Small things, great love
“In this life we cannot do great things. We can only do small things with great love.”
Although the words belong to Mother Teresa, Ken Medema cemented them in the minds of National Youth Conference (NYC) participants as song lyrics. The lesson, one of Jesus’ teachings, took root in the hearts of many. It was not hard to see the fruits of the spirit growing rapidly.
The generosity of young people is often discounted because of a perceived lack of resources or apathetic attitude. In fact, the generosity of people in general is underestimated for a myriad of reasons. And while the Church of the Brethren is not isolated from financial concerns, sharing resources as a sign of faith is still common practice.
On July 23, the hottest day of NYC 2006, thousands did one small thing with great love by participating in the REGNUH 5K Walk/Run to “turn hunger around.” Event supporters gathered pledges, and youth from 30 congregations even tithed 10% of their NYC registration fee. In total, the amount collected from the REGNUH Walk/Run and a worship offering garnered $87,078 for the hunger ministry of the Church of the Brethren General Board, the Global Food Crisis Fund. However, since NYC, money has continued to pour in; $8,000 additional dollars have been given, and donations are still arriving. Walking five kilometers to benefit those who face hunger is indeed a small thing; yet because it was done with great love, the blessings have also been great.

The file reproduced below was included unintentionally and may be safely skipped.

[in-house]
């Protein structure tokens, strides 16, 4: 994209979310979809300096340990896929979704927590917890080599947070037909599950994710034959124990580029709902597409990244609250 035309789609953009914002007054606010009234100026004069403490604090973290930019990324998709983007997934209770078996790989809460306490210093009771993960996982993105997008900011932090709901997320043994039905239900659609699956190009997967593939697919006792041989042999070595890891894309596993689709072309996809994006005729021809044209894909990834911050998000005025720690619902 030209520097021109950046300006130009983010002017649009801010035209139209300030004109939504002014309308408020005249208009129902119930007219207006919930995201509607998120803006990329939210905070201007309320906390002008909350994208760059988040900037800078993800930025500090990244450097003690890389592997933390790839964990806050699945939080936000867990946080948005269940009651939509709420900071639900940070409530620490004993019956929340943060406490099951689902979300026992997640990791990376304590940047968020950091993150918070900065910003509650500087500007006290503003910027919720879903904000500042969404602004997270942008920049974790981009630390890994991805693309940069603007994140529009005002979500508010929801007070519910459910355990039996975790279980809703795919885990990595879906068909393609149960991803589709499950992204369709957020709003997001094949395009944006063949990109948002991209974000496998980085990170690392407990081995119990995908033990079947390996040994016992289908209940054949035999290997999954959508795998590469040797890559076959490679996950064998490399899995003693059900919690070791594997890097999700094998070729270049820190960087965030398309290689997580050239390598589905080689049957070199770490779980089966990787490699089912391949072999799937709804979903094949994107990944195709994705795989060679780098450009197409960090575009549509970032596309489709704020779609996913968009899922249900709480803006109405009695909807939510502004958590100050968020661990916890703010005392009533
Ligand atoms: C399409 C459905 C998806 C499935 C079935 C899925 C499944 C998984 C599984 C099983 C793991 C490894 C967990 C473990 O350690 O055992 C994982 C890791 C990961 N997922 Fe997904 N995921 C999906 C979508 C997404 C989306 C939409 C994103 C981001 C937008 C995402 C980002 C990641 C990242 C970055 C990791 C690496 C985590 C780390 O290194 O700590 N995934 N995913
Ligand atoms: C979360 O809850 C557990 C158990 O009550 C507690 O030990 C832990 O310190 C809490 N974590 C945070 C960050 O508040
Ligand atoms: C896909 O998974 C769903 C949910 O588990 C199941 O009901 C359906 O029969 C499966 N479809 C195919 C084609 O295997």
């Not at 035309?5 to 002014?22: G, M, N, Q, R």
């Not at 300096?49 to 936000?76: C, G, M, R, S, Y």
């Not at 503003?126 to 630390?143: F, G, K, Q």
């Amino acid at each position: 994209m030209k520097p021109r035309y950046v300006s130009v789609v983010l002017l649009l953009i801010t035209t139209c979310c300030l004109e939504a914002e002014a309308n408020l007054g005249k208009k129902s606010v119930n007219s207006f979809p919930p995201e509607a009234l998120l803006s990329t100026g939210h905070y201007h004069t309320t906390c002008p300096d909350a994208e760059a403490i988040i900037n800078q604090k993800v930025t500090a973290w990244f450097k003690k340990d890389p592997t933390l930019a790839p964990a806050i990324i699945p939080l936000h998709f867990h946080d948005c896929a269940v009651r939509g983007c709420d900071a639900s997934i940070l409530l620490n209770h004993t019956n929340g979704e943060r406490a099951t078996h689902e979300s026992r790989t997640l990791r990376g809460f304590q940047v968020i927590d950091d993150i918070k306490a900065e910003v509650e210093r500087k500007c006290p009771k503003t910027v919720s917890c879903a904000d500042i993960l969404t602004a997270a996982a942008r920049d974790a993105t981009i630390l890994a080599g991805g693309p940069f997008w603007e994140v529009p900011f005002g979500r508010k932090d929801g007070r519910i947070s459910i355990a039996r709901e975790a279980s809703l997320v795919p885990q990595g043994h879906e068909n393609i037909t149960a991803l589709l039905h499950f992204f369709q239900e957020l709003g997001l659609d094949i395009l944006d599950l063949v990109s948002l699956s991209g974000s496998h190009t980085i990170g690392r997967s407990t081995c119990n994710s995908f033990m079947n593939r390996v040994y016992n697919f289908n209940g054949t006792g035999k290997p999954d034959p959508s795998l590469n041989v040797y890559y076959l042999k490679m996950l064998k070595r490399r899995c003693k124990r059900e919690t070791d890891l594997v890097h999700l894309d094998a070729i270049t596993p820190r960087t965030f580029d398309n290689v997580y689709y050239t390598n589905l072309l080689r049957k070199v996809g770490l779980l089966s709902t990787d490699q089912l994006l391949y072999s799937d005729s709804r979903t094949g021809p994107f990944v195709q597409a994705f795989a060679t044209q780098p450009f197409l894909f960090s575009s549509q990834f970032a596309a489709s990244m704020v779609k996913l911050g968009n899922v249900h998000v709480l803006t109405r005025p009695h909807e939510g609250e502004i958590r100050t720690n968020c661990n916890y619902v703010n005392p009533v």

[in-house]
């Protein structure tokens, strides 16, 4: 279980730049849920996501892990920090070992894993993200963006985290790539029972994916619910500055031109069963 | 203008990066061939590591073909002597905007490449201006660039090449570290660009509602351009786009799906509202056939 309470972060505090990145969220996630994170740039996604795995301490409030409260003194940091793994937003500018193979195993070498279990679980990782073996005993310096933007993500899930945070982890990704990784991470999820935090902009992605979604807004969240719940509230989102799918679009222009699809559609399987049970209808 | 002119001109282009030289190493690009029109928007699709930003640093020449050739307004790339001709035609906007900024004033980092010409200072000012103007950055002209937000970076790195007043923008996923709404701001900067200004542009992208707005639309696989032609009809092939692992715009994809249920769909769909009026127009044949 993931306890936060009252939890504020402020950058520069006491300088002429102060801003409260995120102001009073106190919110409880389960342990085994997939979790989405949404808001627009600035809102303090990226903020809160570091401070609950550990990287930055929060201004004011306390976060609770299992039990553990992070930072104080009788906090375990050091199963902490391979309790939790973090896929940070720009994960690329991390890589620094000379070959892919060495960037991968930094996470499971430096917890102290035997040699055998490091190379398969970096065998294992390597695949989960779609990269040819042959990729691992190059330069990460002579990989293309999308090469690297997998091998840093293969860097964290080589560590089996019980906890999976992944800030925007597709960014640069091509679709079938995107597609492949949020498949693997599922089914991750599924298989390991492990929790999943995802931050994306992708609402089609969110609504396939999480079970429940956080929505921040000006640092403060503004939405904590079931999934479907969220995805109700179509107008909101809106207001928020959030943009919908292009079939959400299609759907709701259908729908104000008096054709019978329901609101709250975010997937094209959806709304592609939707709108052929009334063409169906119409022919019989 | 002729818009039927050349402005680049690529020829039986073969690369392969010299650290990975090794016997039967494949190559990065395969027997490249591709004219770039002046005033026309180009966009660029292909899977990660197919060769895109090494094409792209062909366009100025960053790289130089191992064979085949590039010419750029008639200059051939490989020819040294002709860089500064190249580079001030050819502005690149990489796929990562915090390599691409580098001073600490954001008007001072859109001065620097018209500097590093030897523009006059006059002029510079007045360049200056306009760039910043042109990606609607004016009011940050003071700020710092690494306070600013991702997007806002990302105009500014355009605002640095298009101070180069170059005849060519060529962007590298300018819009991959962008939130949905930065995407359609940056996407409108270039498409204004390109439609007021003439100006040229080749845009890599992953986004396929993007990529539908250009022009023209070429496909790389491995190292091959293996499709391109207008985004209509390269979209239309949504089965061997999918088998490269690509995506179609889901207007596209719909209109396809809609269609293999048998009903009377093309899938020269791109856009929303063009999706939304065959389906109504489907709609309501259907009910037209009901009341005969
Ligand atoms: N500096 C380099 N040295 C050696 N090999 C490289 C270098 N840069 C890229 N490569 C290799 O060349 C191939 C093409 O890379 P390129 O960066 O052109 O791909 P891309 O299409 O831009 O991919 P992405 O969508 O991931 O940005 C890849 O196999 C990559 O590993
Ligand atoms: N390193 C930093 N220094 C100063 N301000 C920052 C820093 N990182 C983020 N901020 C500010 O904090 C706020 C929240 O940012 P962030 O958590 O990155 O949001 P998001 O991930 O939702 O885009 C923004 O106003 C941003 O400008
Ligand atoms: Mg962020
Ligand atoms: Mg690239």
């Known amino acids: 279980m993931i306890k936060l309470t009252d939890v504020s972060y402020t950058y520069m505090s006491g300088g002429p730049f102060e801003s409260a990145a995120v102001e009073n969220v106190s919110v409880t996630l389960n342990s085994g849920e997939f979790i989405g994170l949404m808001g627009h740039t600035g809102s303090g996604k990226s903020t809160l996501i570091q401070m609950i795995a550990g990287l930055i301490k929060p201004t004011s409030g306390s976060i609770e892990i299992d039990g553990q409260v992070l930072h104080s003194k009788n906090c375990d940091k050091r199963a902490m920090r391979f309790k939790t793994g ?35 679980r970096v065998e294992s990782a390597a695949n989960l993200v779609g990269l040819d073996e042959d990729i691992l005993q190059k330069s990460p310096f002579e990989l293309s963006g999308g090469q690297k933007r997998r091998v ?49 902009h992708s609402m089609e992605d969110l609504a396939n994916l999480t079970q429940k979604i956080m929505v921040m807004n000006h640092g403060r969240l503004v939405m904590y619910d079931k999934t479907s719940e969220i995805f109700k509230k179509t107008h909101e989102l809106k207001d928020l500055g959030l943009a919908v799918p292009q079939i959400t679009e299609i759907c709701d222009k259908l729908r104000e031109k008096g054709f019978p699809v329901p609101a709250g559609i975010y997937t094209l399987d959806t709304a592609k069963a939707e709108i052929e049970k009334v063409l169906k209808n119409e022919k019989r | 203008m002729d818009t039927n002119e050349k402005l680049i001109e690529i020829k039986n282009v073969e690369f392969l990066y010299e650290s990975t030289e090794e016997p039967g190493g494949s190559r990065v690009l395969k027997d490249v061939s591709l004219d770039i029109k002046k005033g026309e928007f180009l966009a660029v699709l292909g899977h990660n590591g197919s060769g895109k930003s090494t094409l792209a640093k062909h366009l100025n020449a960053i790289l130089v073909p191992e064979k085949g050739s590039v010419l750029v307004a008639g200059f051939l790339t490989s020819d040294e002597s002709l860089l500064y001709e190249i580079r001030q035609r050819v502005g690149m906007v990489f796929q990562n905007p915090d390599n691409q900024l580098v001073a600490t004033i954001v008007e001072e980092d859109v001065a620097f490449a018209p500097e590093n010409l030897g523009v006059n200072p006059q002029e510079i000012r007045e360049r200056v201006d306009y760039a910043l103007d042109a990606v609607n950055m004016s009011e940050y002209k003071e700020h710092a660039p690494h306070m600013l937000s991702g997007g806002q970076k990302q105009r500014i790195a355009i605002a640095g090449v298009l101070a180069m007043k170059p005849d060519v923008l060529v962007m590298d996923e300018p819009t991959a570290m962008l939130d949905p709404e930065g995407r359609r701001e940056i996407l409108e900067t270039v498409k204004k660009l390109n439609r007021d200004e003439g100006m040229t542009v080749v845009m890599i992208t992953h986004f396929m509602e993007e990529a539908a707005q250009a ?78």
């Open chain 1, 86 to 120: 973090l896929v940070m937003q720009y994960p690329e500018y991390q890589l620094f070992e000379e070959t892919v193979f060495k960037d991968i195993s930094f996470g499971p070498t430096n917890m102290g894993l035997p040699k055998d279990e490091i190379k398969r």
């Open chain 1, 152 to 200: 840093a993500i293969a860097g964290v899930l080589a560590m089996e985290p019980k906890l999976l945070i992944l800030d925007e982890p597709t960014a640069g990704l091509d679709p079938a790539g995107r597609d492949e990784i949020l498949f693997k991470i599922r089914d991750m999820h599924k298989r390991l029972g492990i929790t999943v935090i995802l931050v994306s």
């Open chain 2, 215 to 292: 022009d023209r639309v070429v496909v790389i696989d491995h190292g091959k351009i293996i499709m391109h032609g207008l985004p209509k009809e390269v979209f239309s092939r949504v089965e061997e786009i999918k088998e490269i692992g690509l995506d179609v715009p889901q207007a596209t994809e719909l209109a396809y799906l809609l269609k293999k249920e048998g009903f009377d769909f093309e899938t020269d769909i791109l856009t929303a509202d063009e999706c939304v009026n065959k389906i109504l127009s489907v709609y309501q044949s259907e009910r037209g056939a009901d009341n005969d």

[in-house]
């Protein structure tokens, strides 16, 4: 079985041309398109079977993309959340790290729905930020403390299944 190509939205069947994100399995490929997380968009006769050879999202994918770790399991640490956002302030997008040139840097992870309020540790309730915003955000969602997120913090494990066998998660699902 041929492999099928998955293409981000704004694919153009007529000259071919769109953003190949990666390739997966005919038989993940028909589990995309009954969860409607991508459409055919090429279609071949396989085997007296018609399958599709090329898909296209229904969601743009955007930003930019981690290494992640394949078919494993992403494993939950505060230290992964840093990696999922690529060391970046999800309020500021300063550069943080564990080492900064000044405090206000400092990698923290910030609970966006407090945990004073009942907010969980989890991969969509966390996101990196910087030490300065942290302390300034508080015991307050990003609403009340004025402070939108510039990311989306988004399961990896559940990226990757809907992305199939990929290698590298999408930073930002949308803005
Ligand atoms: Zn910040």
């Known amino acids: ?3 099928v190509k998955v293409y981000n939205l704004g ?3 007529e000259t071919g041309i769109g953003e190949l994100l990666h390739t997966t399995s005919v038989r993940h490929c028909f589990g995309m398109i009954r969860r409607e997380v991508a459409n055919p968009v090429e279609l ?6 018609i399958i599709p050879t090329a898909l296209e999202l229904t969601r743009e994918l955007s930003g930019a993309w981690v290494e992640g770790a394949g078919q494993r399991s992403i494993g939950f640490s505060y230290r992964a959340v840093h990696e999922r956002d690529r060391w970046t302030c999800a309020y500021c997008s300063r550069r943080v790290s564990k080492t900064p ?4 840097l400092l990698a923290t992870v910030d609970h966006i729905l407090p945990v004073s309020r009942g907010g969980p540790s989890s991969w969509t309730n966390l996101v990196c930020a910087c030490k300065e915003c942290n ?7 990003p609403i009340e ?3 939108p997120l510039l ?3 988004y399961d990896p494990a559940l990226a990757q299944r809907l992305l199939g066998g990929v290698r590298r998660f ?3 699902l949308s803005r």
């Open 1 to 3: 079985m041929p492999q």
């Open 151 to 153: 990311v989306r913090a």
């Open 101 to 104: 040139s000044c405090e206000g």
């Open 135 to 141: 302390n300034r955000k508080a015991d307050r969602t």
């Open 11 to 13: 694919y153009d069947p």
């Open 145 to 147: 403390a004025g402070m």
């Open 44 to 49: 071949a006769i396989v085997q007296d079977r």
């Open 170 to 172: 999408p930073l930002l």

Perhaps the generosity of the youth is indicative of a wider and growing generosity in the church. Two funds of the Church of the Brethren General Board recently gave three grants, totaling $68,555, for the humanitarian crisis in Lebanon, rebuilding following Hurricane Katrina, and a hunger relief program in Guatemala.
The Emergency Disaster Fund (EDF) has given a grant of $25,000 to support a Church World Service appeal for the humanitarian crisis created by the Israel/Hezbollah war in Lebanon. The EDF also granted $25,000 for Brethren Disaster Response to open a new rebuilding site in an area affected by Katrina.
The Global Food Crisis Fund allocated $18,555 to help increase food diversification through community greenhouses and patio gardening.
While these offerings may not end world hunger or humanitarian crisis, they are evidence that our Church of the Brethren identity as those who act according “to the glory of God and our neighbor’s good” lives on.
Souce: October 2006 Tapestry Newsletter